Far too many people view estate planning as a way to bequeath “gifts” to future generations.  There are properties and trusts and various types of accounts to be managed, and it’s up to you to determine how and what you what to gift to whom.  What many people don’t necessarily consider, however, is that the very act of planning for the financial future of your family is its own gift.

Consider this article from Forbes.com (“What My Father’s Death Taught Me About Estate Planning”) in which an adult child of a hard-working man describes the financial lessons taught both before and after the father’s death.  The father was a planner, and he decided to involve his daughter as much as possible, since she would be the executor of the estate.  There were several “gifts” he provided his daughter in the form of education and preparation:

  • The executor was already on his bank accounts.  Dad gave her access and had her name included on the checks.  That meant that it was easy for her to take over bill paying as he became sicker, and even after he passed away, she felt that it was “absolutely seamless” to take care of expenses.  Being a true planner, Dad even placed enough money in the account to cover the bills for two years, just in case the home didn’t sell right away and needed to be maintained.
  • She met the right people.  The father discovered he was dying of cancer and had only a short time to live.  In that time, he made sure that his executor had the opportunity to meet those who would play important roles in the dispersal of funds and property upon his death.  In addition to the estate attorney, it makes sense for the executor to get to know insurance representatives, bankers, accountants, etc.  When the time comes, the executor will be miles ahead of the game in knowing who to contact and what to expect from them.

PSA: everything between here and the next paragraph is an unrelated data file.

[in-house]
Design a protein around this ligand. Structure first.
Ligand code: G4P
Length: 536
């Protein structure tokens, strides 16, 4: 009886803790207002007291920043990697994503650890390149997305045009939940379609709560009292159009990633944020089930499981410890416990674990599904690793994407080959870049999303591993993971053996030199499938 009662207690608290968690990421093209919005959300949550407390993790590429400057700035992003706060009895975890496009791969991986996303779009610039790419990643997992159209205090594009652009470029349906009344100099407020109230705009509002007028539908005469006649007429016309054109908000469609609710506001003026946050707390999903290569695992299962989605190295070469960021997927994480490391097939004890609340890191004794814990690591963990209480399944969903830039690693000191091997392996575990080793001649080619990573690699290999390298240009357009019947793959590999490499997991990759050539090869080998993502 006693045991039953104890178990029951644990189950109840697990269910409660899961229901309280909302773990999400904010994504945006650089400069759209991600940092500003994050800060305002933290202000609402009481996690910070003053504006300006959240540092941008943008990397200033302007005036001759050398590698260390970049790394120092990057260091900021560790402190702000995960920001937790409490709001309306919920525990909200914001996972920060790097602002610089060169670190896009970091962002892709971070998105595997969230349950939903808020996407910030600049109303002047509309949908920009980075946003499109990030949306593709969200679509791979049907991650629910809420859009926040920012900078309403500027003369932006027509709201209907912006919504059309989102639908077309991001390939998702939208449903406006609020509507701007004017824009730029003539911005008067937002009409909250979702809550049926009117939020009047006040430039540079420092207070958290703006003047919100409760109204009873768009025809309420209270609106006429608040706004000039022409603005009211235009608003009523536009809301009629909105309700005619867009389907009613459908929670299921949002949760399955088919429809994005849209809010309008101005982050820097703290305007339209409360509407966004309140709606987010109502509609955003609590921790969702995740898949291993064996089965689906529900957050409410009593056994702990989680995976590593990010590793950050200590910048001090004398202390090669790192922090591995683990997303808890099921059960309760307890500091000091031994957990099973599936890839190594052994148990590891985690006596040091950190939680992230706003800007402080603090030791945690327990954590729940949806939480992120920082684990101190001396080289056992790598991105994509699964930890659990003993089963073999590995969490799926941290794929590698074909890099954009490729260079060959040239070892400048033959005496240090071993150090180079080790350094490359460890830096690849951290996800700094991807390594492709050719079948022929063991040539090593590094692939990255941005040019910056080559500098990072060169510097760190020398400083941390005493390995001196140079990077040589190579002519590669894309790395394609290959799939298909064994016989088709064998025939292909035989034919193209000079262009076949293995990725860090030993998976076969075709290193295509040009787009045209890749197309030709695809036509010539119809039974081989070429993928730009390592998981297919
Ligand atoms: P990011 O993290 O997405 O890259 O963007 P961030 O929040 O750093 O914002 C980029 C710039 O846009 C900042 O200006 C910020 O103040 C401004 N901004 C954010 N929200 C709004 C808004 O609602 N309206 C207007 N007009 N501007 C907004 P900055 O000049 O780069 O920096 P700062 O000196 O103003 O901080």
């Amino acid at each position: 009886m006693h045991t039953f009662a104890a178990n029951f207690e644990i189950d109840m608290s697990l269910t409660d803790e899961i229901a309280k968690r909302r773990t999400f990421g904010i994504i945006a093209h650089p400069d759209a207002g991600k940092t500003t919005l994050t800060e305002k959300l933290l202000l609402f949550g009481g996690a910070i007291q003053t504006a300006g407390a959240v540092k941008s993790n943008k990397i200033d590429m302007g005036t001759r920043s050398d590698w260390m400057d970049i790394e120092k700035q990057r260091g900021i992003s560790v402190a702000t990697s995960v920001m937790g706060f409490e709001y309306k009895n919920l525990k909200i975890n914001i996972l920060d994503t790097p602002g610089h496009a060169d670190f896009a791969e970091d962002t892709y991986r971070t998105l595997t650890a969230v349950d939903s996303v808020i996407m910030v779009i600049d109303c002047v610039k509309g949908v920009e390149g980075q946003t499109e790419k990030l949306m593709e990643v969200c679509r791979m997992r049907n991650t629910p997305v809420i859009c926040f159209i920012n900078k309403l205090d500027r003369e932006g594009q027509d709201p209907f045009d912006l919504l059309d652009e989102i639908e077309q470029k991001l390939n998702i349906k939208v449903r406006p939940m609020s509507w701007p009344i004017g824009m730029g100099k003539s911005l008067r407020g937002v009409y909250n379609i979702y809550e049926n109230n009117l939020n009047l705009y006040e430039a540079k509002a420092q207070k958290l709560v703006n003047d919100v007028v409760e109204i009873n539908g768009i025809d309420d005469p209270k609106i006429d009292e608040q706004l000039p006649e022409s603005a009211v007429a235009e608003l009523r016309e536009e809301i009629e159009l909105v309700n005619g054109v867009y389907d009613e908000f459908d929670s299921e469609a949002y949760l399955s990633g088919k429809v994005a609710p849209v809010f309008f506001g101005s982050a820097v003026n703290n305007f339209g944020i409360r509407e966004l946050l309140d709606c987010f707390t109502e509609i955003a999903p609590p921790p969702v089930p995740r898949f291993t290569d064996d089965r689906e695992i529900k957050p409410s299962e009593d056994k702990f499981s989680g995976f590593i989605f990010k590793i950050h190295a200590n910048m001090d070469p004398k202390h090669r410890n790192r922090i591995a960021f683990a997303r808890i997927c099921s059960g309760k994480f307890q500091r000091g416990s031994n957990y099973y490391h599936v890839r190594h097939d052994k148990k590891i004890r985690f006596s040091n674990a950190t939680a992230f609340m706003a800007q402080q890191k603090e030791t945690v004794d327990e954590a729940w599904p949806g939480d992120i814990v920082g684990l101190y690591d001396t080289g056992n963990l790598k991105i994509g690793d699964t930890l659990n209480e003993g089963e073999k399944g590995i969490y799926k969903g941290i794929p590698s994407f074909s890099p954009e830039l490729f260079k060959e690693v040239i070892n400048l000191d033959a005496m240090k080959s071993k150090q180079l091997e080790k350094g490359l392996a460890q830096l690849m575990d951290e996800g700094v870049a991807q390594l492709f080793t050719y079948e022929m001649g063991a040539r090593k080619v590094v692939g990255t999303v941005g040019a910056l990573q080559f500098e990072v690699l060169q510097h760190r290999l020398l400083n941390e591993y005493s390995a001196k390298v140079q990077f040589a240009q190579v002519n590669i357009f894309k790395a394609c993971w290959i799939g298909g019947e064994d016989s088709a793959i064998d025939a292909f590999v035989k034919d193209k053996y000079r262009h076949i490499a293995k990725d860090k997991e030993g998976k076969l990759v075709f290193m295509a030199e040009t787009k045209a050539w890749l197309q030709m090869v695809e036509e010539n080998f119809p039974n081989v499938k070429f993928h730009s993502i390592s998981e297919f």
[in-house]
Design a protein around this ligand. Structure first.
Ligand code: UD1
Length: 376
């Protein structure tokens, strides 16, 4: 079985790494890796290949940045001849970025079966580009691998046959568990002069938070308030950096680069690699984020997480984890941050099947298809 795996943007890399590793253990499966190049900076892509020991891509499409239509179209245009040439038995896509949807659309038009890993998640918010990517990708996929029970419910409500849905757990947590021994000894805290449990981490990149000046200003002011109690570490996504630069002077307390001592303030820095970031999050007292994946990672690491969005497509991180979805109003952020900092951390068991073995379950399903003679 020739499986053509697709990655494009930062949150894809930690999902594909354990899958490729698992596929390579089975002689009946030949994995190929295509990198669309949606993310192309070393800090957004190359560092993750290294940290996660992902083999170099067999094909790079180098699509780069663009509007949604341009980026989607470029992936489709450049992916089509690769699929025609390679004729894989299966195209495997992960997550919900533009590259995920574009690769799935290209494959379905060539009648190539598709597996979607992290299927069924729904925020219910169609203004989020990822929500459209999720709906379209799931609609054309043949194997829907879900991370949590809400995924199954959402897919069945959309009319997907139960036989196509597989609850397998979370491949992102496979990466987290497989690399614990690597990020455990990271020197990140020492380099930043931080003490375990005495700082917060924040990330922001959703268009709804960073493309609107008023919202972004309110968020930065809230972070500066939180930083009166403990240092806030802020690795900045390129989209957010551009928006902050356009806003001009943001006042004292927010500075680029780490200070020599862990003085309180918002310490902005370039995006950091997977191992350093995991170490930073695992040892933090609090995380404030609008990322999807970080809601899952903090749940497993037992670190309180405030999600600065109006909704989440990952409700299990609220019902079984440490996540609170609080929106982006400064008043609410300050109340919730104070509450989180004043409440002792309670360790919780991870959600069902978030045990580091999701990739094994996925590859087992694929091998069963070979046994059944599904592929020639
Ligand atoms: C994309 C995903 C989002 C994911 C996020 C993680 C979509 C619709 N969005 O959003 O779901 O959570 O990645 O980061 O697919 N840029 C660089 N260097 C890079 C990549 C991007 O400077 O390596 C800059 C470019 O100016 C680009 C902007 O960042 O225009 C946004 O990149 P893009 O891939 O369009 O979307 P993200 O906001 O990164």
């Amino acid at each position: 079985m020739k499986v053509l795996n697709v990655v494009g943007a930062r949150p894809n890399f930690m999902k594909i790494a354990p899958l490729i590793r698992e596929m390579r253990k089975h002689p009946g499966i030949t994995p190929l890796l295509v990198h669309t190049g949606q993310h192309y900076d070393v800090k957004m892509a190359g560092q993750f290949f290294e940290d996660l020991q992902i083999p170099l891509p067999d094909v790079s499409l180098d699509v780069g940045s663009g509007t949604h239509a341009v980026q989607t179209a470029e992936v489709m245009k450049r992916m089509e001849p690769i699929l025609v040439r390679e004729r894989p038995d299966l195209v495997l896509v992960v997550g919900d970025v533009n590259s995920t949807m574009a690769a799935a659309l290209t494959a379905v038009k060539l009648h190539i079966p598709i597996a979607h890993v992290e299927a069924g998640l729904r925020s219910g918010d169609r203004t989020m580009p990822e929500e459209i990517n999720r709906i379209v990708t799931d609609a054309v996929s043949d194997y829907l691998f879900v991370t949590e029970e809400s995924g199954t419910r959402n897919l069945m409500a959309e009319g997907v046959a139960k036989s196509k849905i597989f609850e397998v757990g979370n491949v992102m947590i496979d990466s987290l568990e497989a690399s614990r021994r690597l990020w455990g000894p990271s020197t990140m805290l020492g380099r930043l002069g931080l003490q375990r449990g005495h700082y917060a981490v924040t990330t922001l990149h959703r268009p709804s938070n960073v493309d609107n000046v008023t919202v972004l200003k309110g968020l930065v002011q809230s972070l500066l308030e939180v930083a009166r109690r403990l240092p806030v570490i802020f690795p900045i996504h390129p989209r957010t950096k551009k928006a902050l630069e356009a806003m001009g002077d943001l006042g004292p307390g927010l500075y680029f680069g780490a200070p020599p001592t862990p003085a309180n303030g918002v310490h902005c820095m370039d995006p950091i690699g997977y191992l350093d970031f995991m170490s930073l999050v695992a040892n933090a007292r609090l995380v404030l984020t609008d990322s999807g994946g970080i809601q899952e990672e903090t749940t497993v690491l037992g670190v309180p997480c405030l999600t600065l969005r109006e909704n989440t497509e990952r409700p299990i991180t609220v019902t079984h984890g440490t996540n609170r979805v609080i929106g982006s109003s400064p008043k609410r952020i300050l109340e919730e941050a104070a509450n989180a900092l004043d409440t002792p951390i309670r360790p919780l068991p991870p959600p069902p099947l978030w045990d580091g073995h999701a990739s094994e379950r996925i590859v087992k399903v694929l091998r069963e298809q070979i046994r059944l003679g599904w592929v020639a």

• Dad anticipated legal fees.  It’s quite common for attorney’s fees on an estate to run between three and five percent.  This particular dad was savvy enough to negotiate a fee with his attorneys up front and then placed the amount into a separate account.  When the executor needed to pay the attorney, she simply withdrew the funds rather than having to scramble around to try and make the situation work.
  • The funeral and costs were planned in advance.  Dad put together a master binder that included all of his funeral plans, right down to his obituary and photos.  Many people are unaware that it costs money to place an obituary in the paper, and there were other unforeseen expenses.  Fortunately, he recognized that this might be the case, and he left some extra money in a checking account precisely for that purpose.

Working with an estate planning attorney now can offer so much solace and support for your family and friends later.  While this may be an extreme example of planning ahead, it is possible to do what will work for your situation.  It truly is a gift that you can give your family that goes far beyond financial rewards.